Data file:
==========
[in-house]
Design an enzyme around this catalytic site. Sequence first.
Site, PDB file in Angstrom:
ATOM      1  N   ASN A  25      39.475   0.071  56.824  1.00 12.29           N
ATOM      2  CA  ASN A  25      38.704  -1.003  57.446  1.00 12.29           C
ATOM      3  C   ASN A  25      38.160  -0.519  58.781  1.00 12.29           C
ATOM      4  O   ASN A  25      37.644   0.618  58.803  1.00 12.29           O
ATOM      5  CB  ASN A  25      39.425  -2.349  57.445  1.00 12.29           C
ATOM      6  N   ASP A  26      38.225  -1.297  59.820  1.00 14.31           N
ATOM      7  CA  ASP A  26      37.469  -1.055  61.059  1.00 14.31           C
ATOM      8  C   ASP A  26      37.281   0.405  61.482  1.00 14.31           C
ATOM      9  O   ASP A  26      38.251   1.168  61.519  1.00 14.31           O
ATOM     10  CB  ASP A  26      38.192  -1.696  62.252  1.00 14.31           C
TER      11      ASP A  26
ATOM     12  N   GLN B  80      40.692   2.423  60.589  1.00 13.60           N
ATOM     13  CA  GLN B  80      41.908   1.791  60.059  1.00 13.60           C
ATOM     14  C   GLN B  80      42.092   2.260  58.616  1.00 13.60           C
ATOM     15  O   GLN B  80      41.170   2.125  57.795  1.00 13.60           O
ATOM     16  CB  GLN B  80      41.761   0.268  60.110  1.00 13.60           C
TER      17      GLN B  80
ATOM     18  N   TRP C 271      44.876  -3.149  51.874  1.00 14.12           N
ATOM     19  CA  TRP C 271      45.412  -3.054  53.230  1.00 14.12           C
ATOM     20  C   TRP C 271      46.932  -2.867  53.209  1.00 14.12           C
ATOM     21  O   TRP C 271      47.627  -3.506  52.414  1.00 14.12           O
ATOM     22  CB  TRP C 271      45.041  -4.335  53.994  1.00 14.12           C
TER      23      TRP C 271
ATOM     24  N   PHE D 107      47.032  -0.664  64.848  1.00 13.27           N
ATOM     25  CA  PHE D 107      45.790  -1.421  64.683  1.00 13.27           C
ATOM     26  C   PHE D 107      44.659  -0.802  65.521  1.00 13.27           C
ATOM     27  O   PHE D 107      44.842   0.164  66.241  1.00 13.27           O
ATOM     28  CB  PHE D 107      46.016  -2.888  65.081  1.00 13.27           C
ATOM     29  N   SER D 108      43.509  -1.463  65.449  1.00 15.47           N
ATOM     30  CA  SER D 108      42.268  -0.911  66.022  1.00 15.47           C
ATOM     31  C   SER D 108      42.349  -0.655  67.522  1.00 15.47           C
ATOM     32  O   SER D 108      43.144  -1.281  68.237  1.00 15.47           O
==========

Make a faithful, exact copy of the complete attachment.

[in-house]
Design an enzyme around this catalytic site. Sequence first.
Site, PDB file in Angstrom:
ATOM      1  N   ASN A  25      39.475   0.071  56.824  1.00 12.29           N
ATOM      2  CA  ASN A  25      38.704  -1.003  57.446  1.00 12.29           C
ATOM      3  C   ASN A  25      38.160  -0.519  58.781  1.00 12.29           C
ATOM      4  O   ASN A  25      37.644   0.618  58.803  1.00 12.29           O
ATOM      5  CB  ASN A  25      39.425  -2.349  57.445  1.00 12.29           C
ATOM      6  N   ASP A  26      38.225  -1.297  59.820  1.00 14.31           N
ATOM      7  CA  ASP A  26      37.469  -1.055  61.059  1.00 14.31           C
ATOM      8  C   ASP A  26      37.281   0.405  61.482  1.00 14.31           C
ATOM      9  O   ASP A  26      38.251   1.168  61.519  1.00 14.31           O
ATOM     10  CB  ASP A  26      38.192  -1.696  62.252  1.00 14.31           C
TER      11      ASP A  26
ATOM     12  N   GLN B  80      40.692   2.423  60.589  1.00 13.60           N
ATOM     13  CA  GLN B  80      41.908   1.791  60.059  1.00 13.60           C
ATOM     14  C   GLN B  80      42.092   2.260  58.616  1.00 13.60           C
ATOM     15  O   GLN B  80      41.170   2.125  57.795  1.00 13.60           O
ATOM     16  CB  GLN B  80      41.761   0.268  60.110  1.00 13.60           C
TER      17      GLN B  80
ATOM     18  N   TRP C 271      44.876  -3.149  51.874  1.00 14.12           N
ATOM     19  CA  TRP C 271      45.412  -3.054  53.230  1.00 14.12           C
ATOM     20  C   TRP C 271      46.932  -2.867  53.209  1.00 14.12           C
ATOM     21  O   TRP C 271      47.627  -3.506  52.414  1.00 14.12           O
ATOM     22  CB  TRP C 271      45.041  -4.335  53.994  1.00 14.12           C
TER      23      TRP C 271
ATOM     24  N   PHE D 107      47.032  -0.664  64.848  1.00 13.27           N
ATOM     25  CA  PHE D 107      45.790  -1.421  64.683  1.00 13.27           C
ATOM     26  C   PHE D 107      44.659  -0.802  65.521  1.00 13.27           C
ATOM     27  O   PHE D 107      44.842   0.164  66.241  1.00 13.27           O
ATOM     28  CB  PHE D 107      46.016  -2.888  65.081  1.00 13.27           C
ATOM     29  N   SER D 108      43.509  -1.463  65.449  1.00 15.47           N
ATOM     30  CA  SER D 108      42.268  -0.911  66.022  1.00 15.47           C
ATOM     31  C   SER D 108      42.349  -0.655  67.522  1.00 15.47           C
ATOM     32  O   SER D 108      43.144  -1.281  68.237  1.00 15.47           O